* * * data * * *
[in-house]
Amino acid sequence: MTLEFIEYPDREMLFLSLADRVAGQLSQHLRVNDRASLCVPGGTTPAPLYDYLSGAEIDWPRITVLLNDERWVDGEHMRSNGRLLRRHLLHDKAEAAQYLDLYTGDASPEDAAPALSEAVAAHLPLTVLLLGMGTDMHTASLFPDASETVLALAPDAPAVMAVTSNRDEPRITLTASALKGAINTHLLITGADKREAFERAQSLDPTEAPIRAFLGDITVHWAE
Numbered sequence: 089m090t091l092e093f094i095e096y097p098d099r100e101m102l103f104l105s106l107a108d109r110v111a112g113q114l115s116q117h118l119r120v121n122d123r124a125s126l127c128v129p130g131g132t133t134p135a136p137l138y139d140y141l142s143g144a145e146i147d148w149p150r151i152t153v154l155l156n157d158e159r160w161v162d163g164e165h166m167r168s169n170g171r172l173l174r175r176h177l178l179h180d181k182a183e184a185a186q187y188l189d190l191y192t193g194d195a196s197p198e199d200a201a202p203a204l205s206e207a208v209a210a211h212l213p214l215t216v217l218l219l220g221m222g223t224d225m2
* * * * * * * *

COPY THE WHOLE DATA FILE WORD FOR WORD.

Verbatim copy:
[in-house]
Amino acid sequence: MTLEFIEYPDREMLFLSLADRVAGQLSQHLRVNDRASLCVPGGTTPAPLYDYLSGAEIDWPRITVLLNDERWVDGEHMRSNGRLLRRHLLHDKAEAAQYLDLYTGDASPEDAAPALSEAVAAHLPLTVLLLGMGTDMHTASLFPDASETVLALAPDAPAVMAVTSNRDEPRITLTASALKGAINTHLLITGADKREAFERAQSLDPTEAPIRAFLGDITVHWAE
Numbered sequence: 089m090t091l092e093f094i095e096y097p098d099r100e101m102l103f104l105s106l107a108d109r110v111a112g113q114l115s116q117h118l119r120v121n122d123r124a125s126l127c128v129p130g131g132t133t134p135a136p137l138y139d140y141l142s143g144a145e146i147d148w149p150r151i152t153v154l155l156n157d158e159r160w161v162d163g164e165h166m167r168s169n170g171r172l173l174r175r176h177l178l179h180d181k182a183e184a185a186q187y188l189d190l191y192t193g194d195a196s197p198e199d200a201a202p203a204l205s206e207a208v209a210a211h212l213p214l215t216v217l218l219l220g221m222g223t224d225m2